Please join us for the NLP Seminar on Monday, October 30, at 4:00pm in 202 South Hall. All are welcome!
Speaker: Christopher Potts (Stanford Linguistics)
Title: Enriching distributional linguistic representations with structured resources
One of the most powerful ideas in natural language processing is that we can represent words and phrases using dense vectors learned from co-occurrence patterns in text. Such representations have proven themselves in many settings, and one might even argue that they make good on a common intuition among linguists: that words tend to be incredibly complex and related to each other in all sorts of subtle ways. However, co-occurrence patterns alone tend to yield only a blurry picture of the rich relationships that exist between concepts, which raises the question of how best to incorporate additional information from more structured resources. This talk will explore methods for achieving this synthesis, with special emphasis on the retrofitting method pioneered by Faruqui et al. (2015), in which existing representations are updated based on their position in a knowledge graph. I’ll describe and motivate a generalization of Faruqui et al.’s framework that explicitly models graph relations as functions (Lengerich et al. 2017), and I’ll discuss some potential pitfalls of retrofitting (Cases et al. 2017). My overall goal is to stimulate discussion about how to obtain semantically nuanced distributed representations that are useful in diverse tasks.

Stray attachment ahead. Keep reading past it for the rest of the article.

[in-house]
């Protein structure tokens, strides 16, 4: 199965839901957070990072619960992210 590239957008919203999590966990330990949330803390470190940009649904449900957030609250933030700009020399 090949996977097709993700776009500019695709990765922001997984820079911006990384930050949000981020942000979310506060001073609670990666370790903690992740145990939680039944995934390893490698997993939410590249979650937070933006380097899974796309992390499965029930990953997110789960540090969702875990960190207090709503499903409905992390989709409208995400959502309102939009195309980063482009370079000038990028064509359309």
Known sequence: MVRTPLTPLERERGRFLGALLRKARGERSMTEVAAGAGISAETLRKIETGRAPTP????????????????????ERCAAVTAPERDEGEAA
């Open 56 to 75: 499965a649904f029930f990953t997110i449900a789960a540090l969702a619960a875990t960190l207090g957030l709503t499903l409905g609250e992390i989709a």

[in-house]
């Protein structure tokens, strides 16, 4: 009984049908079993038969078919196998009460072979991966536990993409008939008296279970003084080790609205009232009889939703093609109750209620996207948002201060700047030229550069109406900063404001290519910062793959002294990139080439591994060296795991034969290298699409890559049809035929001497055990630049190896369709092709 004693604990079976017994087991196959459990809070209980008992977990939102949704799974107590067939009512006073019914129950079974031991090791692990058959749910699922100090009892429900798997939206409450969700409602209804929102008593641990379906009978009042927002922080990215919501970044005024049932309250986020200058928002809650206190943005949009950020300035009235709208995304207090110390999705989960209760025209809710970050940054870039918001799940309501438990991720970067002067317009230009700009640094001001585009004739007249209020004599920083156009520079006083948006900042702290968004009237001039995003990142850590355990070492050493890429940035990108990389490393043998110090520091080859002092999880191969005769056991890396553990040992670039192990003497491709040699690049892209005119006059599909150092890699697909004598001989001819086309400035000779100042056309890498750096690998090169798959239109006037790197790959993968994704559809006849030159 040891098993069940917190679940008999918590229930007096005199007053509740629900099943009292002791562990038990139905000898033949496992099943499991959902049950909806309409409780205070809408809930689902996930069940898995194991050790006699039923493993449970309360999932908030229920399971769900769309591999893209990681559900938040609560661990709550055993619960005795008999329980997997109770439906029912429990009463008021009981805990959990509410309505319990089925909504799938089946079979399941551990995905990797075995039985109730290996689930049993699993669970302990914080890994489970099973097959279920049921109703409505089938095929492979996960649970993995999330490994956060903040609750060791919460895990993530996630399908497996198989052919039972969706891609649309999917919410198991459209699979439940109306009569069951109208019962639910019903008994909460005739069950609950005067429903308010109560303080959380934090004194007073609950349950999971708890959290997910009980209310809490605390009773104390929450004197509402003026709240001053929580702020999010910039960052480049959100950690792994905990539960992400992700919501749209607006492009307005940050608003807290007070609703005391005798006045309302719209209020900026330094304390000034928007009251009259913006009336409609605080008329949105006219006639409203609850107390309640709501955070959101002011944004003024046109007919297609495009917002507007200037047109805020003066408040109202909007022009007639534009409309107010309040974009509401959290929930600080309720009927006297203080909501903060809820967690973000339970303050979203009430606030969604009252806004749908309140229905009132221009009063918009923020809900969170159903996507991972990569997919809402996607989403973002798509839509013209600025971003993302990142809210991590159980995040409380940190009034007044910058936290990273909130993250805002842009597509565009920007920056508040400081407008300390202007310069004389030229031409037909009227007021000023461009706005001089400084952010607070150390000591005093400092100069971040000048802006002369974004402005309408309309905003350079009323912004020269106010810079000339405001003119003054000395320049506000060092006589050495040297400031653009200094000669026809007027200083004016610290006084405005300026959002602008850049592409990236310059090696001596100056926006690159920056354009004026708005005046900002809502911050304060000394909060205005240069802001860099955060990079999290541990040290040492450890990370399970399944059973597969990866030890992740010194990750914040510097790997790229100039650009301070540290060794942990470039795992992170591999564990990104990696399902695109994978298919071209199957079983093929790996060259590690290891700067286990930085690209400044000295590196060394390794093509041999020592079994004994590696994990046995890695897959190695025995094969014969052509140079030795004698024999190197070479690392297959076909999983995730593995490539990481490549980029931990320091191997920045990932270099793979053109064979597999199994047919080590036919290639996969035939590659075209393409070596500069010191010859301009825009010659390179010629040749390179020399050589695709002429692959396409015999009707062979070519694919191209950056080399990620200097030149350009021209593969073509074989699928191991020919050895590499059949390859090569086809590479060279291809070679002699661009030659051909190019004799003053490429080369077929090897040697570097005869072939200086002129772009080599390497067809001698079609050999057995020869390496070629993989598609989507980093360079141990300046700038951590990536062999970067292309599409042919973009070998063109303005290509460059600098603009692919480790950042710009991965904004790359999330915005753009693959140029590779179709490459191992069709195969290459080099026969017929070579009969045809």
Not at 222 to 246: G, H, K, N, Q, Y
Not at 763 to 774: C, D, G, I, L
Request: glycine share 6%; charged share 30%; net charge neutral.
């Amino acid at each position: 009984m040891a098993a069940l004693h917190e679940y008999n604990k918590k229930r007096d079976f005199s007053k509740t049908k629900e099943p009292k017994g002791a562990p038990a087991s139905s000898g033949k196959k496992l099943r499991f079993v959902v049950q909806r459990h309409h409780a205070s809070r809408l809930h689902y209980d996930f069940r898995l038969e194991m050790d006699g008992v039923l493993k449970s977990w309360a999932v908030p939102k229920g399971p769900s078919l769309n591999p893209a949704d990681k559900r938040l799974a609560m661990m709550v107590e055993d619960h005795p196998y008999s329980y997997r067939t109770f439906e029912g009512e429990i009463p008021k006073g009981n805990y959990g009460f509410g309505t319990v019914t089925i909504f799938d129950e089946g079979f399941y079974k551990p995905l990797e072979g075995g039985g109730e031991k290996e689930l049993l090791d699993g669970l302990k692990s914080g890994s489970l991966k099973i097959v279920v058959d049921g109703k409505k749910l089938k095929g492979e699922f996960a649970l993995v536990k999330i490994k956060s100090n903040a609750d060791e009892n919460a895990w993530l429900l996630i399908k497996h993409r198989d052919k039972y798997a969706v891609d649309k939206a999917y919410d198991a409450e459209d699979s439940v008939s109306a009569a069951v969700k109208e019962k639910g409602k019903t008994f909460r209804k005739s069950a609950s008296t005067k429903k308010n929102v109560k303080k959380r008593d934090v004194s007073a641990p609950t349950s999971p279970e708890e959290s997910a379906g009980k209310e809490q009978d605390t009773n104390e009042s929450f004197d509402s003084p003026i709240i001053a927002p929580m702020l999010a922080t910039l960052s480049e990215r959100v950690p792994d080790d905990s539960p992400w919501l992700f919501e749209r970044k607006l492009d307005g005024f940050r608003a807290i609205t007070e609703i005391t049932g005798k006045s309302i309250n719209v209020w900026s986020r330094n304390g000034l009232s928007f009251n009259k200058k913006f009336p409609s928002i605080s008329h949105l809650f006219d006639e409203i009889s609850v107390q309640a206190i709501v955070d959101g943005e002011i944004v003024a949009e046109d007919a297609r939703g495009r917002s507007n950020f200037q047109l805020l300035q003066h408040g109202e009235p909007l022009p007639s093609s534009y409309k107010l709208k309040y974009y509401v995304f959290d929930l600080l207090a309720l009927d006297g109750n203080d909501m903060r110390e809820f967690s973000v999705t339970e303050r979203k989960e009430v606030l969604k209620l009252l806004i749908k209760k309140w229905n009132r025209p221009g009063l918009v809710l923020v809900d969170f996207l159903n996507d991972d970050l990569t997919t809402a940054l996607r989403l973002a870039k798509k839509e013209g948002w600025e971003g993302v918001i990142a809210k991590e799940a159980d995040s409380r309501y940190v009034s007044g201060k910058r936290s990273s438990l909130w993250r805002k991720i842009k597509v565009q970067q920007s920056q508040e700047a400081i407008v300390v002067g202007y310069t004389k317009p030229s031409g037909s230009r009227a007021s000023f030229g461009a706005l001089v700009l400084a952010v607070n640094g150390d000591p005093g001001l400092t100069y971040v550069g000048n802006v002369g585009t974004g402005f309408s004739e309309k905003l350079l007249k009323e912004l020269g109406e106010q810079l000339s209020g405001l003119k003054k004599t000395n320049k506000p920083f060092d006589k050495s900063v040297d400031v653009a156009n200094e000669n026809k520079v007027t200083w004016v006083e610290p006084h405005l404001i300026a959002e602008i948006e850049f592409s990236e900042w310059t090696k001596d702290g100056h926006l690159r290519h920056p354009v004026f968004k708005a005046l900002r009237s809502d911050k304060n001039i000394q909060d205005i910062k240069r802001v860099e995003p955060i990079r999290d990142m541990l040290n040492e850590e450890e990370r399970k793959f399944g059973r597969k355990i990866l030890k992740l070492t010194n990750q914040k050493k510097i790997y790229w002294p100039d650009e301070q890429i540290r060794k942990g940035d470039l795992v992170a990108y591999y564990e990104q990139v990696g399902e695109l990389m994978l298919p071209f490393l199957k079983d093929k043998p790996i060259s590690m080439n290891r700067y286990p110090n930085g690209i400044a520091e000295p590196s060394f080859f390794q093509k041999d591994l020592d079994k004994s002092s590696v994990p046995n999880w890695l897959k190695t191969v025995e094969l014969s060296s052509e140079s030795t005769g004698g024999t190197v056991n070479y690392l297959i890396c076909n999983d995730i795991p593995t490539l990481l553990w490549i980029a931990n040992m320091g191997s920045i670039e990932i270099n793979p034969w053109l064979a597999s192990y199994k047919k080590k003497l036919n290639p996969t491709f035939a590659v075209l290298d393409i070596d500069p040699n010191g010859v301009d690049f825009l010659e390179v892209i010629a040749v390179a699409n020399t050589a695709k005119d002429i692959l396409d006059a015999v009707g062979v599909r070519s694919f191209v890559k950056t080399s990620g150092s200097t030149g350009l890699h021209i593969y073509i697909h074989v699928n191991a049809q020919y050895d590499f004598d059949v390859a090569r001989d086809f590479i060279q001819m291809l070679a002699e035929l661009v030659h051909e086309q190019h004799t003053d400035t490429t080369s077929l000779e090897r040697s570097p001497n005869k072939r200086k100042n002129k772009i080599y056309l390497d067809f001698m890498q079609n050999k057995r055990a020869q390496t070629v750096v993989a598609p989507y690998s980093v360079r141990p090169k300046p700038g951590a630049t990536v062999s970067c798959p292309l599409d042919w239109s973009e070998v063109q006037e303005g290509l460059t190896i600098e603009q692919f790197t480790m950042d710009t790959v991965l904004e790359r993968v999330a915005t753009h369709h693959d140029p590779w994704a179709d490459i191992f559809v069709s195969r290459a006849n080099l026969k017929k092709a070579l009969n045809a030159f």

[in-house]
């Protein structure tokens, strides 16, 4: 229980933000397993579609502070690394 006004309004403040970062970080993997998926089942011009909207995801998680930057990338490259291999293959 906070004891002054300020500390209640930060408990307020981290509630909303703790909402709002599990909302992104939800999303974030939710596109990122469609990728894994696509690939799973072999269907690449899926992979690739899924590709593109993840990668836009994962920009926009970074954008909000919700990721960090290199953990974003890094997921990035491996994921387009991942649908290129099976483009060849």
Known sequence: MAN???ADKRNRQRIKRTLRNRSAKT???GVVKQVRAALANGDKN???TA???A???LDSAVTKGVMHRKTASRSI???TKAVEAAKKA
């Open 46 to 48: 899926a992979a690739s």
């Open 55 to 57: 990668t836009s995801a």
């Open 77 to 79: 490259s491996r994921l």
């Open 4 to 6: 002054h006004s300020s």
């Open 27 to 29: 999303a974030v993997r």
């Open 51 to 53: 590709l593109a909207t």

Cases, Ignacio; Minh-Thang Luong; and Christopher Potts. 2017. On the effective use of pretraining for natural language inference. Ms., Stanford University. https://arxiv.org/abs/1710.02076
Faruqui, Manaal; Jesse Dodge; Sujay K. Jauhar; Chris Dyer; Eduard Hovy; and Noah A. Smith. 2015. Retrofitting word vectors to semantic lexicons. NAACL. http://www.aclweb.org/anthology/N15-1184
Lengerich, Benjamin J.; Andrew L. Maas; and Christopher Potts. 2017. Retrofitting distributional embeddings to knowledge graphs with functional relations. Ms., Carnegie Mellon University, Stanford University, and Roam Analytics. https://arxiv.org/abs/1708.00112